Sometimes just getting to the starting line is a victory in and of itself. That sentiment couldn’t be more accurate for anyone other than U.S. cross-country skier Hannah Halvorsen.

The California native specializes in cross-country skiing. By 12, she knew she wanted to compete at the Olympics someday.

In 2019, that goal was almost lost forever. She was crossing the street in Anchorage, Alaska, when a jeep struck her. She doesn’t remember the accident or most of what took place over the following 10 days. She suffered a traumatic brain injury, a fractured skull, a broken leg and maybe most threatening to her skiing career, a serious knee injury that left her unable to walk.

“I was a hair away from being paralyzed, blind or dead,” Halvorsen said in December 2019, according to U.S. Ski and Snowboard. “I’ve realized what matters, doing what you love, with people you love, and that is skiing.”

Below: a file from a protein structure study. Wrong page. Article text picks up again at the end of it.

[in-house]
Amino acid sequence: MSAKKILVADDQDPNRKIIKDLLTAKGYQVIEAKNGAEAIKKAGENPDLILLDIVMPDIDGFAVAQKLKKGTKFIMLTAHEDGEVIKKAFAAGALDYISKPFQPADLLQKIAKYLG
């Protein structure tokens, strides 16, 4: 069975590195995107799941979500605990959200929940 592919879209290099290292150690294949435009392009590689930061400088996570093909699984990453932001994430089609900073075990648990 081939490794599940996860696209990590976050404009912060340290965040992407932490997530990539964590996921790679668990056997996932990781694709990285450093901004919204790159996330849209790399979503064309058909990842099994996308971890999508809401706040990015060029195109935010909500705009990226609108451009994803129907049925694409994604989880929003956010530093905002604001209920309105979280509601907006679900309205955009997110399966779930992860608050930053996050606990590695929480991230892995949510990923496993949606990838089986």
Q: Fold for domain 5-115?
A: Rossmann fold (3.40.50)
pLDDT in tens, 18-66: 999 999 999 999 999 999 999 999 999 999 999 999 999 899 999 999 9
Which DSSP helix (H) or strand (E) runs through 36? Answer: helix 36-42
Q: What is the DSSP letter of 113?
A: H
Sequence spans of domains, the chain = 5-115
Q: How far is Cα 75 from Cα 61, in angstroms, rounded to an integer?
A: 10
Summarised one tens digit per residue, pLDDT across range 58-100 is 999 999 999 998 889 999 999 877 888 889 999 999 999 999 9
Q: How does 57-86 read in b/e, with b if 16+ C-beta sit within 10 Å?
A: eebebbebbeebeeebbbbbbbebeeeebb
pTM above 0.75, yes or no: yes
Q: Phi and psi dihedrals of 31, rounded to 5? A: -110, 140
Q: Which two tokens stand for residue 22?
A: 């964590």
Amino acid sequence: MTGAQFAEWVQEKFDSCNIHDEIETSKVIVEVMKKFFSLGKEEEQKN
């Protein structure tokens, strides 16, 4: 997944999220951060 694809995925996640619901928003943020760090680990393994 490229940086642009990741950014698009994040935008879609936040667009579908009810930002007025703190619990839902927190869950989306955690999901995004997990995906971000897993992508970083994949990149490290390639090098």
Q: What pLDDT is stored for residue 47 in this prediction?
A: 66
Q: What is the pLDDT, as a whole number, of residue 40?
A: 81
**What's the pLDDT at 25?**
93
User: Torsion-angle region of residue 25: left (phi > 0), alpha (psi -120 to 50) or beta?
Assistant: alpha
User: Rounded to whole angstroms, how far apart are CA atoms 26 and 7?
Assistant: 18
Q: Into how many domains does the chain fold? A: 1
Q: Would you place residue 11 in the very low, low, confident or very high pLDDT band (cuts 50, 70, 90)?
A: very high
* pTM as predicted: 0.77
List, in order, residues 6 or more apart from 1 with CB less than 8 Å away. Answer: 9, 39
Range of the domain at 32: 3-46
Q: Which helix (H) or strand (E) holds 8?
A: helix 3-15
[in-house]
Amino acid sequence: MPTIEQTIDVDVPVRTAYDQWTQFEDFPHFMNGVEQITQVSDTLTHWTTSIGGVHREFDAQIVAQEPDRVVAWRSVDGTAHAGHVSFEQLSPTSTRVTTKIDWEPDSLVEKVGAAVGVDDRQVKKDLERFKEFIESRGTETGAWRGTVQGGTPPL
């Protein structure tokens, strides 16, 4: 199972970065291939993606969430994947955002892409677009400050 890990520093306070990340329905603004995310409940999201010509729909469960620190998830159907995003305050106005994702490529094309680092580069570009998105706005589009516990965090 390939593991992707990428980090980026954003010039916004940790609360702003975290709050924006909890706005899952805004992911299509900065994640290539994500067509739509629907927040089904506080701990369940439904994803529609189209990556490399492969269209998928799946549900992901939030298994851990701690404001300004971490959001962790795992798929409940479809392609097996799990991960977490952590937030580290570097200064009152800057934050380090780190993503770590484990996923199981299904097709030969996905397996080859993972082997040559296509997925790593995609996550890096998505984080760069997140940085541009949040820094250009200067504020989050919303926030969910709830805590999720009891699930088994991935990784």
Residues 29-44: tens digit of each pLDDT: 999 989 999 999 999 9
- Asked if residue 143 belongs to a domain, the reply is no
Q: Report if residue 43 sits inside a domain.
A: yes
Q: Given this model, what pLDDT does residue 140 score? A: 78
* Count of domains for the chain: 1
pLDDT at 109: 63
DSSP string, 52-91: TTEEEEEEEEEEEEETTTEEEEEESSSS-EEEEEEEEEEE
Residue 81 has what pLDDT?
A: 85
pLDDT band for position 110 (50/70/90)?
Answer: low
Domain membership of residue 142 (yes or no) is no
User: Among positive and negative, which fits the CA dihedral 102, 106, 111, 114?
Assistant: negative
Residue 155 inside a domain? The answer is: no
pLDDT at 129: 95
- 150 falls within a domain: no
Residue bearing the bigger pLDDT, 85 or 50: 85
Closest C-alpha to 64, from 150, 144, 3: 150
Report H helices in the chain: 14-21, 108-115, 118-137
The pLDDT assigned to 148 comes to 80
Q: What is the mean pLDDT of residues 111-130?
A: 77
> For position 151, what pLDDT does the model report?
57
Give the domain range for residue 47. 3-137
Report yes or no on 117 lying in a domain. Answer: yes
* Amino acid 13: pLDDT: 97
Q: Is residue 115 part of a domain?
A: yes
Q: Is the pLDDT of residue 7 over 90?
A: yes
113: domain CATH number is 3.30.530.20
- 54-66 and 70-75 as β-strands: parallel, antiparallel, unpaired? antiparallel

The then 21-year-old had an uphill battle. Originally, she couldn’t even jog for 30 seconds, let alone jump on skis. She’d be back on skis 11 months after the accident, in December 2020. Just a year after that, she recorded a personal best in the World Cup freestyle sprint.

While she had to take it step by step, she made it to the 2022 Winter Games, and competed in the women’s individual sprint on Tuesday. While Halvorsen did not advance beyond the qualifying round, just stepping to the starting line is a victory she can truly celebrate.